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Upload a Custom CA Certificate

To upload a custom CA-signed certificate:

  1. Copy your PEM-encoded certificate into a text file.
  2. Name it Ensure you include the -----BEGIN CERTIFICATE----- and -----END CERTIFICATE----- lines and everything in between. (If you need to upload multiple certificates, paste them all back-to-back.)
  3. Create a new text file named and include the following 2 lines:

    PLUGIN_SET = "201310161758";

    PLUGIN_FEED = "Custom";

    Note: The PLUGIN_SET date should be the same as the time the bundle is uploaded to SecurityCenter. It cannot be after the present date/time in SC.

    Note: The typical format for PLUGIN_SET is a string of numbers in the format YYYYMMDDHHMM for the regular feed so that format is copied here.

  4. Tar the 2 files into a .tar.gz archive. (7-Zip or running tar on a Mac does not work for this.)

    # tar -zcvf upload_this.tar.gz

  5. Upload the archive to SecurityCenter:
  6. Log in to SecurityCenter as an administrator user.

  7. Click Username > Plugins.
  8. Click Upload Custom Plugins.
  9. Click Submit.
  10. To verify the upload succeeded, click System > System Logs. You should see logs similar to the following:

  11. To verify your issue is resolved, run another scan including plugin 51192. Verify that Nessus has the custom plugin bundle by checking it's plugin directory.
Note: The file is overwritten every time it is uploaded. When adding additional CA certificates, start with a copy of the existing and append the new certificate. If there are multiple certificates in the file, it should look like this:












If this process does not work, check the following items:

The format

The CA certificate should be in PEM (Base64) format. To verify, open it in a text editor. The certificate should be between -----BEGIN CERTIFICATE----- and -----END CERTIFICATE-----. If you do not see those lines, it is in the wrong format and should be changed to PEM (Base64) format.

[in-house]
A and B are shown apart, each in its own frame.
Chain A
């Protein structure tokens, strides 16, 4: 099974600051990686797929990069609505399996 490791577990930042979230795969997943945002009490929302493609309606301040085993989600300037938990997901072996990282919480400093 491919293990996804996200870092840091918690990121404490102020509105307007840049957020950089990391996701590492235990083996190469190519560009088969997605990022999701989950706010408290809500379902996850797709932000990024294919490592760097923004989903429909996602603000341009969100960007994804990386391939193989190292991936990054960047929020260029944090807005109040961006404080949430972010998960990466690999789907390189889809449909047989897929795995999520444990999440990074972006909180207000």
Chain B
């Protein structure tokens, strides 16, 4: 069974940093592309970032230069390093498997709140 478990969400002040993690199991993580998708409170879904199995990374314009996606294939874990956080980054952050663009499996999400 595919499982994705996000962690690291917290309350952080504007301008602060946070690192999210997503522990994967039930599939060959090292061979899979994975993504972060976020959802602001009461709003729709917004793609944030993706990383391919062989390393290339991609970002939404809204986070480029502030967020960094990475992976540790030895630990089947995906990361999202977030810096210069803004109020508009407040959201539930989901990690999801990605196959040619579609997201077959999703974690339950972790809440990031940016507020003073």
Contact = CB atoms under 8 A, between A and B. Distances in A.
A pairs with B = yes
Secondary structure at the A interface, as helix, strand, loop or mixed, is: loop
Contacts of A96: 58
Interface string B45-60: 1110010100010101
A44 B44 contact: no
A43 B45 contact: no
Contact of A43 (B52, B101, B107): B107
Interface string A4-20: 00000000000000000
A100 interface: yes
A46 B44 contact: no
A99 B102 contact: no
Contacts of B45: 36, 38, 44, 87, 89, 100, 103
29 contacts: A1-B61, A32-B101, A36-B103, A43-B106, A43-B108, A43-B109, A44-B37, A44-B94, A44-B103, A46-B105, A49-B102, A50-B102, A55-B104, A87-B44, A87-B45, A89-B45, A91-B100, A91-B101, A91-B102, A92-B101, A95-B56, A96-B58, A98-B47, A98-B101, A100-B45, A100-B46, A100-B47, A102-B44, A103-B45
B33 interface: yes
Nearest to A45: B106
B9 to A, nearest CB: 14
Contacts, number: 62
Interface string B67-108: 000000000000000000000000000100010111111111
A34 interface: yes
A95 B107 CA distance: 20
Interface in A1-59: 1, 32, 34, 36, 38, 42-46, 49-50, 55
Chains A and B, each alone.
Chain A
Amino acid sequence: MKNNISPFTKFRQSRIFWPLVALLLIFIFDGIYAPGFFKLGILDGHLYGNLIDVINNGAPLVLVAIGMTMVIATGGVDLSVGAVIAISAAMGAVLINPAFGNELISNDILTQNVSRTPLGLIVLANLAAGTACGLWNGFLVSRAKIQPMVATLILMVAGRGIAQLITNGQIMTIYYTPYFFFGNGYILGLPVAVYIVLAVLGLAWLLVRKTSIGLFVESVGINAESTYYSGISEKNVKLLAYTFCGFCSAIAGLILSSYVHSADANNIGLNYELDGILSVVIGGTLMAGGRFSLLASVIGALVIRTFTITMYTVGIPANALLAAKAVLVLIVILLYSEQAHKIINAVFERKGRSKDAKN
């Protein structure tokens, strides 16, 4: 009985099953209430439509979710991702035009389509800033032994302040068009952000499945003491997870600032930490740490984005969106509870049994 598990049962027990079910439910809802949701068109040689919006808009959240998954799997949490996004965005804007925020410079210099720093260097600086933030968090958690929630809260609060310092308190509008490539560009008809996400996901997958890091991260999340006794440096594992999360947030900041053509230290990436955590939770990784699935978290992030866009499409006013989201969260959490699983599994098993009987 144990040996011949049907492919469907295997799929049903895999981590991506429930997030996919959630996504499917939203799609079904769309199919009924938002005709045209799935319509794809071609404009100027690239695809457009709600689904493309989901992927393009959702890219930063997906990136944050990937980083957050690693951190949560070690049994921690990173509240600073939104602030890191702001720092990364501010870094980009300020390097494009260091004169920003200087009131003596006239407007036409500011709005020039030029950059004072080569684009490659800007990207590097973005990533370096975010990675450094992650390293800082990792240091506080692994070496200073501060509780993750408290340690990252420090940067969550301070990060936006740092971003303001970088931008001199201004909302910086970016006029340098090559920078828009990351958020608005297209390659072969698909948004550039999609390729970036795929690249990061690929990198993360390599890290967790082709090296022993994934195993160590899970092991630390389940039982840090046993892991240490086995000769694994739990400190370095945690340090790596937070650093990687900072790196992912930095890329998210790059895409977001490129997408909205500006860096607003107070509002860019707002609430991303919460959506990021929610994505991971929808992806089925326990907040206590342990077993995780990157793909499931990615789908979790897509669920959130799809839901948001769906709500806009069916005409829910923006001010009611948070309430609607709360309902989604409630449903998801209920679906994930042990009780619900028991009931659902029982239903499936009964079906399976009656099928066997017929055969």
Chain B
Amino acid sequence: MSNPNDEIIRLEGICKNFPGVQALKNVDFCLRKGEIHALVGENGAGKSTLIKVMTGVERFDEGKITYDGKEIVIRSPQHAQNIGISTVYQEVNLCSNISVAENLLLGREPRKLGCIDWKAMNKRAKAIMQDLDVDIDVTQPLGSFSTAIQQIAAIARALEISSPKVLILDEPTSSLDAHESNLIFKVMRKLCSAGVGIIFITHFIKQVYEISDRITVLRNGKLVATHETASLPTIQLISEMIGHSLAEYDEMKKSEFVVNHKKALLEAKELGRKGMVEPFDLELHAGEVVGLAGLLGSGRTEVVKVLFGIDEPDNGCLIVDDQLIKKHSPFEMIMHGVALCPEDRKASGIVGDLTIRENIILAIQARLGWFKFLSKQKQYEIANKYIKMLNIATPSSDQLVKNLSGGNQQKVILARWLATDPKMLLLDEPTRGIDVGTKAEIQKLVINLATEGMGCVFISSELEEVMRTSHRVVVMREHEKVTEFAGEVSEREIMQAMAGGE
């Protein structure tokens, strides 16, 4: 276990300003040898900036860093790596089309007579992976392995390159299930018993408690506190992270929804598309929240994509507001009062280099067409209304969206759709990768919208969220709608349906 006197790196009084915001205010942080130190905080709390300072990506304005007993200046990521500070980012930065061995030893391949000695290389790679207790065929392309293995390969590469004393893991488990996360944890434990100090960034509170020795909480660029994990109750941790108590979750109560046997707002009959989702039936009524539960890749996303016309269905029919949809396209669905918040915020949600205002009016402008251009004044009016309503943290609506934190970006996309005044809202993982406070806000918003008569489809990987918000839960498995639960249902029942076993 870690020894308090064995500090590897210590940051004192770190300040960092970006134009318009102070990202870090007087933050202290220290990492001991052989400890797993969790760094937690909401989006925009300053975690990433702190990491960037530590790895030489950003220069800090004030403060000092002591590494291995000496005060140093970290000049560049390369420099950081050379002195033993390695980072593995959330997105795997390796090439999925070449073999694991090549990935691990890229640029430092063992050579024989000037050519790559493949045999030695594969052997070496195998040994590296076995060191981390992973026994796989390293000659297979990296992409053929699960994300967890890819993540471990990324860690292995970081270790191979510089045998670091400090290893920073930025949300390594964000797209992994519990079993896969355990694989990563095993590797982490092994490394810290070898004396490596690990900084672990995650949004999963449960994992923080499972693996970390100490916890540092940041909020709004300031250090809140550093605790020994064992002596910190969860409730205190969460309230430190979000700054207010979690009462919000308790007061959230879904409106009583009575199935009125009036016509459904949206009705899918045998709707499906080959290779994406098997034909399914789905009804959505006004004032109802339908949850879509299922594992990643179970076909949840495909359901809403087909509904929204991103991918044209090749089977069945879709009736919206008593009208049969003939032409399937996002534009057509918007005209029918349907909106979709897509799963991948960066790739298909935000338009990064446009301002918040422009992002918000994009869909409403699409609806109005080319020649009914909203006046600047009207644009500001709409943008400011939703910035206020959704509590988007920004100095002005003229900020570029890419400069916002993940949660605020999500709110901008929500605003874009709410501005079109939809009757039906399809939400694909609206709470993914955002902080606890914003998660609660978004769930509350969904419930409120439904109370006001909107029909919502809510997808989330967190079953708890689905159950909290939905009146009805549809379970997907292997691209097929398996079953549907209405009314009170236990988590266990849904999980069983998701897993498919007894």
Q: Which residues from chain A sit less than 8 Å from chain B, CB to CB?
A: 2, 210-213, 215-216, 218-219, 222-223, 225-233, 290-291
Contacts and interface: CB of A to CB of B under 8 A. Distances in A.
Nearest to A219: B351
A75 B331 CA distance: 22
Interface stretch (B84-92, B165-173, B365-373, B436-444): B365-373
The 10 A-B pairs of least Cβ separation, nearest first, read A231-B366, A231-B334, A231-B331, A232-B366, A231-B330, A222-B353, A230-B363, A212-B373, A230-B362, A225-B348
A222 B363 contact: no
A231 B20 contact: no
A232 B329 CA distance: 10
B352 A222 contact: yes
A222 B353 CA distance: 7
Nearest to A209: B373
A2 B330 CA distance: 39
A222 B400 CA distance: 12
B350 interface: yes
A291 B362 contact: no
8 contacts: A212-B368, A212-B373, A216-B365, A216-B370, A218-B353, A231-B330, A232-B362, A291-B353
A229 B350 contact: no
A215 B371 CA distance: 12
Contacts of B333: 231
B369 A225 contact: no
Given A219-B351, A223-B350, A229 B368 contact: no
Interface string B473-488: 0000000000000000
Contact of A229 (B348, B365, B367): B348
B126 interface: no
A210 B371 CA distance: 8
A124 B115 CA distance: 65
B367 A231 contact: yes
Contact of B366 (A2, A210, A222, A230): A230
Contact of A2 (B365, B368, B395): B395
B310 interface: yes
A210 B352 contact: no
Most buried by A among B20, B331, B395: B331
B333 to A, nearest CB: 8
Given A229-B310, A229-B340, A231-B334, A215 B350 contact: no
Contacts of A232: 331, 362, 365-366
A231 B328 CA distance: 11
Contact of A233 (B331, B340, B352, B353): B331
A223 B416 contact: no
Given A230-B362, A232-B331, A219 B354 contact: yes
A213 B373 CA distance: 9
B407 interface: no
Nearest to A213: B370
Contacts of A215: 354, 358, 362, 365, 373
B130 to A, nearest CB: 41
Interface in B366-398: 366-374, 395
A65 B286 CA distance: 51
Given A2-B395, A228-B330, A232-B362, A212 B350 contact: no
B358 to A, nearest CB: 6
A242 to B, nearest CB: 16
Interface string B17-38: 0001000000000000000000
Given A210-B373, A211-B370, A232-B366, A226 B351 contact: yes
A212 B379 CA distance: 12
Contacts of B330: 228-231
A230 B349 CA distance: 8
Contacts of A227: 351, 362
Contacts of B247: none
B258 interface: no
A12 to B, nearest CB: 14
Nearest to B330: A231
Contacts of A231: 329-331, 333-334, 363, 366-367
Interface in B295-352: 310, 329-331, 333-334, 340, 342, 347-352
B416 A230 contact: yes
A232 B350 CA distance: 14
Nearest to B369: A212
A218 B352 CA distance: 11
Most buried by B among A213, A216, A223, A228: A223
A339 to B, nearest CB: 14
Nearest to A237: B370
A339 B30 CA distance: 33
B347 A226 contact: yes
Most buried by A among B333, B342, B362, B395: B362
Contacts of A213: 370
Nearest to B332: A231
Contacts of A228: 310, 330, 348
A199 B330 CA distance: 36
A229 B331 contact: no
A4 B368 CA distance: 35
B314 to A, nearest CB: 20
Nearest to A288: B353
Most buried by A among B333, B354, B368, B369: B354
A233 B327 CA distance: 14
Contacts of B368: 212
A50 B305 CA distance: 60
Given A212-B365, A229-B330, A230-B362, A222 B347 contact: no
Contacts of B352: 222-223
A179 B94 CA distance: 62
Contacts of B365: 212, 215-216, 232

The /opt/sc/data/customNasl/ file

If the SecurityCenter installation is not on the Appliance, check the uploaded with the following command: # cat /opt/sc/data/customNasl/

The output should match the file that you checked in a text editor in step T1 above. If the file does not exist, the upload was not successful. If the file does not match, the most recent upload may not have been successful. Go over the steps above for creating and uploading upload_this.tar.gz and ensure it is done correctly.

The /opt/nessus/lib/nessus/plugins/ or \ProgramData\Tenable\Nessus\nessus\plugins\ file

If Nessus is not on the Appliance, navigate to the plugins folder and cat or type to verify it exists and matches the file contents verified in steps 1 and 2 above. If does not exist in the plugins folder, or does not match the most recent in SecurityCenter, it has not propagated to the scanner. Check Resources > Nessus Scanners in SecurityCenter to see if the scanner is still updating plugins. If it is in a Working state, try updating the active plugins in SecurityCenter to prompt a plugin push. If the plugin feed version has not incremented and the customer must push plugins immediately, see the following article: Force plugin update on scanner managed by SecurityCenter (Comparable to nessus-update-plugins -f).

The plugin output

Adding the custom CA certificate to does not resolve the issue if the service is missing intermediate certificate(s). If the service has a self-signed or default certificate (if not self-signed with the server name, it may be issued by a vendor name like Nessus Certification Authority) and not a certificate signed by their custom CA at all, the certificate is expired, etc.

Look at the detailed plugin output of 51192 to see exactly why the certificate is untrusted. If can fix it, the output states that the certificate at the top of the certificate chain is unrecognized, and the certificate it shows is either issued by the custom CA (matching the name exactly) or the actual custom CA self-signed certificate.

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